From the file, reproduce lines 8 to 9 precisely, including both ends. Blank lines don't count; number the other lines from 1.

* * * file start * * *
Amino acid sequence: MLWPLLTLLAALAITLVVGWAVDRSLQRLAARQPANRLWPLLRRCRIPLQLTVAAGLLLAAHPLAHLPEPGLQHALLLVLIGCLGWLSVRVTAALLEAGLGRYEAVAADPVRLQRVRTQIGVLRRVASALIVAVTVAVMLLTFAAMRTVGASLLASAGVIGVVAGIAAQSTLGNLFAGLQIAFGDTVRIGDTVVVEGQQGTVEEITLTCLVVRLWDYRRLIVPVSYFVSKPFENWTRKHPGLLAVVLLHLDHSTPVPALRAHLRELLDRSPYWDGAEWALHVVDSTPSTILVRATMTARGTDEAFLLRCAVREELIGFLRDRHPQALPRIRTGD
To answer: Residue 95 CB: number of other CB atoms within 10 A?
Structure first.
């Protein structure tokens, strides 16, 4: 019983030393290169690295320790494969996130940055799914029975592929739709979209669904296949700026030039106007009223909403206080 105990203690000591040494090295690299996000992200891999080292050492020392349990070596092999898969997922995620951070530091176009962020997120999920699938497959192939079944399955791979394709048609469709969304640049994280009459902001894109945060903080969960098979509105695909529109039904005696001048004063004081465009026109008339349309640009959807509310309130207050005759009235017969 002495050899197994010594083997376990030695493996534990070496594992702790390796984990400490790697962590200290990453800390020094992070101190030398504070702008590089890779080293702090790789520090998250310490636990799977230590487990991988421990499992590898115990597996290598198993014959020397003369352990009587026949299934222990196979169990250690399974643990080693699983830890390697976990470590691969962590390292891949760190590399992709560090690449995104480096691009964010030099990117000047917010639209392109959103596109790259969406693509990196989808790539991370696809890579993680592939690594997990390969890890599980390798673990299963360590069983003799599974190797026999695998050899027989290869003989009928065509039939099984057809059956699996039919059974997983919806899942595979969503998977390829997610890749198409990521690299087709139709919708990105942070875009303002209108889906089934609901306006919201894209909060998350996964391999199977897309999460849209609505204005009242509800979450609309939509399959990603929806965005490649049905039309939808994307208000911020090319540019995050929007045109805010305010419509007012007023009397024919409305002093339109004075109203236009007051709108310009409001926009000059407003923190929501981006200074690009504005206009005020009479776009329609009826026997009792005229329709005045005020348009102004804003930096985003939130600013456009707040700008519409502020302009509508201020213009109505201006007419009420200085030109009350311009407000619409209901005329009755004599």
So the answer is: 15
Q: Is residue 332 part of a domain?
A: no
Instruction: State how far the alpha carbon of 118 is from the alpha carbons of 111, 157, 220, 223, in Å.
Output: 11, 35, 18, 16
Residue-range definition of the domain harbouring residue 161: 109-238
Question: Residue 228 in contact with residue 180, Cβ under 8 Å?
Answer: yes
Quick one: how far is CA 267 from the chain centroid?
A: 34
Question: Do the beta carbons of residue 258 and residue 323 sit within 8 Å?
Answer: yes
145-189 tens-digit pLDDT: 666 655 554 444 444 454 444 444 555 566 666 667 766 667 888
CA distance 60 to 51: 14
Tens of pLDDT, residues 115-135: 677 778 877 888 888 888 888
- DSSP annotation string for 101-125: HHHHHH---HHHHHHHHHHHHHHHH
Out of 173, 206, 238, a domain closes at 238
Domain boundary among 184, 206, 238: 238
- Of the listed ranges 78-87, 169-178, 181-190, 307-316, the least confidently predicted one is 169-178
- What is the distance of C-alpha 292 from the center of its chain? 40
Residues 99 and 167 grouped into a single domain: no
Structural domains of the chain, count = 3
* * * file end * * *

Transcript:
Instruction: State how far the alpha carbon of 118 is from the alpha carbons of 111, 157, 220, 223, in Å.
Output: 11, 35, 18, 16